Warmer temperatures bring unpredictable weather. Afternoon thunderstorms become regular occurrences and, with them, the risk of lightning-related injuries increases. According to the National Weather Service (NWS), lightning strikes the U.S. approximately 25 million times annually—killing an average of 50 Americans and injuring hundreds of others. Unfortunately, those who work outdoors in open spaces; on or near tall objects; or with conductive materials are often at greater risk. That’s why CTEH is shedding some light on how to keep workers safe from this summer weather hazard:

Develop a plan: Management or on-the-ground supervisors should create a lightning safety plan and train their workers on how to execute it. While each plan will differ depending on the industry and job site, standard components may include evacuation protocols, shelter options, proper first-aid techniques and nearby hospital or emergency room routes.

Regularly check weather reports: Awareness is key. Outdoor workers should always check weather conditions before reporting to or while on duty. If thunderstorm conditions exist, they should not start any projects or activities that cannot be quickly stopped.

Find shelter: As the NWS says, “When thunder roars, go indoors!” As soon as workers hear thunder, they should make their way to a safe, enclosed shelter. Substantial buildings offer the greatest protection. Small outdoor structures (e.g., pavilions, sheds, dugouts, etc.) do not. If a safe structure is not accessible, workers should take shelter in a hard-topped vehicle with the windows rolled up or crouch low with as little of their bodies touching the ground as possible.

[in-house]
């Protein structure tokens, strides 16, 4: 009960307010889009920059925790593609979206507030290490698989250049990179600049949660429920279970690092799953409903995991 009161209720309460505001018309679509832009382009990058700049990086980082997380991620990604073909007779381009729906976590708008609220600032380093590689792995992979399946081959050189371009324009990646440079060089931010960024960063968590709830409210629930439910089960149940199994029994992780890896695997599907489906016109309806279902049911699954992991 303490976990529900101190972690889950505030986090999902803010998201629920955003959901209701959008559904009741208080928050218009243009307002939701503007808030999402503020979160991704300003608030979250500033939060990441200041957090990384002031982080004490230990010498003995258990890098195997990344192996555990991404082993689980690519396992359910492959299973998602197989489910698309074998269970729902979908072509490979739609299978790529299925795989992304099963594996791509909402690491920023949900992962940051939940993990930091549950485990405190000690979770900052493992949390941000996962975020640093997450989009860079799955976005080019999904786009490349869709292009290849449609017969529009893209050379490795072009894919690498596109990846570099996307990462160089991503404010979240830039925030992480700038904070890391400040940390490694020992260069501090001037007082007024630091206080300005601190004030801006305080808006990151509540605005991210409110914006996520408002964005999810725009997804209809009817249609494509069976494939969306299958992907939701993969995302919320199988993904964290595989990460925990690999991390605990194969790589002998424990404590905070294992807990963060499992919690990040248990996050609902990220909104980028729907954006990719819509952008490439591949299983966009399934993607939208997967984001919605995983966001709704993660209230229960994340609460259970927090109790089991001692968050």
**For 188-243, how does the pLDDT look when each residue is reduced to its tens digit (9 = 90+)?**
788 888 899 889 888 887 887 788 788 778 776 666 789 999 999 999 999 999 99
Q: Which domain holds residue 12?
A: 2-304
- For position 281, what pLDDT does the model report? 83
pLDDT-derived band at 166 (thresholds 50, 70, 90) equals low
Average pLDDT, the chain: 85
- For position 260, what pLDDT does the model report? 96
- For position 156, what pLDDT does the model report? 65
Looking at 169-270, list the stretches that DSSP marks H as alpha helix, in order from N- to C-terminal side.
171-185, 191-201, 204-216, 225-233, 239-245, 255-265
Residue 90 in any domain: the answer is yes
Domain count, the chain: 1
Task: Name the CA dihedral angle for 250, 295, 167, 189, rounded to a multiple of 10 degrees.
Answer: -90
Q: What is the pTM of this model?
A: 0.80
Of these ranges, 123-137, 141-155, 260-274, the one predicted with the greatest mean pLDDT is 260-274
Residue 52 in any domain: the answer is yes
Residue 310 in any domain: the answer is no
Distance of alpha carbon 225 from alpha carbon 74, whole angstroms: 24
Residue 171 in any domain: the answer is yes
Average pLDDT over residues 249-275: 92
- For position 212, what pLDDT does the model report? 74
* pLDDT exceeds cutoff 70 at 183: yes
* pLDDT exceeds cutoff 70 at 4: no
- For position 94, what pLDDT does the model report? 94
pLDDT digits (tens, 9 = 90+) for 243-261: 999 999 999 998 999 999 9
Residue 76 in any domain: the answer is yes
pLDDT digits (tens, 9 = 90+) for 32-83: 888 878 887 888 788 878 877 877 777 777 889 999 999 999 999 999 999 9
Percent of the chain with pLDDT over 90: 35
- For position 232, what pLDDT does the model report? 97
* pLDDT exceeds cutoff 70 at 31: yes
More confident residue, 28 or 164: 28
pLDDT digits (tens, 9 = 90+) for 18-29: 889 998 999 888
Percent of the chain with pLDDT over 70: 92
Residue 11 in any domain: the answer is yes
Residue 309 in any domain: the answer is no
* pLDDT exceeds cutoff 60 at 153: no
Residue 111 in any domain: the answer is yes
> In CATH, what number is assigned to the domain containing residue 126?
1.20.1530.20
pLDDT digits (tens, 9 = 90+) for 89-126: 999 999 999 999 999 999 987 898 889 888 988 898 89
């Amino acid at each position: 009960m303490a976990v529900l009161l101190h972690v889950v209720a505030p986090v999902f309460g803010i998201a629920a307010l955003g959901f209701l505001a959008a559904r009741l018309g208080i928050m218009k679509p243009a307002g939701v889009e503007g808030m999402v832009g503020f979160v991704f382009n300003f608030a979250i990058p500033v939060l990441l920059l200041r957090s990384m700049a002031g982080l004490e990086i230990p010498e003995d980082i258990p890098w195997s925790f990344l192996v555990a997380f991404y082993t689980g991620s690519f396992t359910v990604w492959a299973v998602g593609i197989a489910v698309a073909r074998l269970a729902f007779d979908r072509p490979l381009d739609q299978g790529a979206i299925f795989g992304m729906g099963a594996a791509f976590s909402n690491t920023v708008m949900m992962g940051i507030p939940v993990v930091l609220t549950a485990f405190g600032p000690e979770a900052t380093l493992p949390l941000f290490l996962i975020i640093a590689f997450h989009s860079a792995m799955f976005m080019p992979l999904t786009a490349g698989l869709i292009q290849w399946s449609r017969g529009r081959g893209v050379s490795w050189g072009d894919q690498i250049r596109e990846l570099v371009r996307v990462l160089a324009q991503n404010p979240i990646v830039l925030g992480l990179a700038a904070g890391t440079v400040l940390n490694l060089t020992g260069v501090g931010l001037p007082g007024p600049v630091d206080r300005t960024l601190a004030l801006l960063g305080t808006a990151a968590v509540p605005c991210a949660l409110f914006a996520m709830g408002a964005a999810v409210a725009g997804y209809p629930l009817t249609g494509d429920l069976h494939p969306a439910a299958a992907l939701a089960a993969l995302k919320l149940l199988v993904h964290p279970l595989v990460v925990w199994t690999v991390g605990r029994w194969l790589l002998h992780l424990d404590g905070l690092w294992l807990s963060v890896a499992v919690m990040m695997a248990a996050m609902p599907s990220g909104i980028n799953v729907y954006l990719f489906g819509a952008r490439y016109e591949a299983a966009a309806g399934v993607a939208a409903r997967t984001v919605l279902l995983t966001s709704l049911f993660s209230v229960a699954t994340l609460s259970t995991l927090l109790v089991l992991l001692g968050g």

Be vigilant even indoors: Threats remain even when individuals are safely sheltered indoors. Workers are advised to avoid touching wiring, electrical equipment (e.g., radios, television), plumbing or concrete floors and walls. Because electrical charges can linger even after storms have passed, experts suggest waiting at least 30 minutes after the last thunderclap before resuming outdoor activities.

If caught outside, avoid hazards: Workers should stay away from anything tall or high (e.g., utility poles, ladders, scaffolding), large equipment, heavy machinery or open areas like fields. They should never touch surfaces that conduct electricity. If caught outdoors in a thunderstorm, the NWS recommends groups spread out to decrease the risk of multiple causalities and “increase the chances that someone could get help if a person is struck.”

Act quickly: Victims can survive lightning strikes. However, they will need immediate medical attention. Individuals should first call 9-1-1. If they’ve received proper training, they should then assess the victim to determine if CPR or an Automated External Defibrillator is needed. If possible, victims should also be moved to a safe place to avoid the threat of another lightning strike.

Have questions about how to protect outdoor workers from weather threats? Contact CTEH at 501-801-8500 orwebquestion@cteh.com.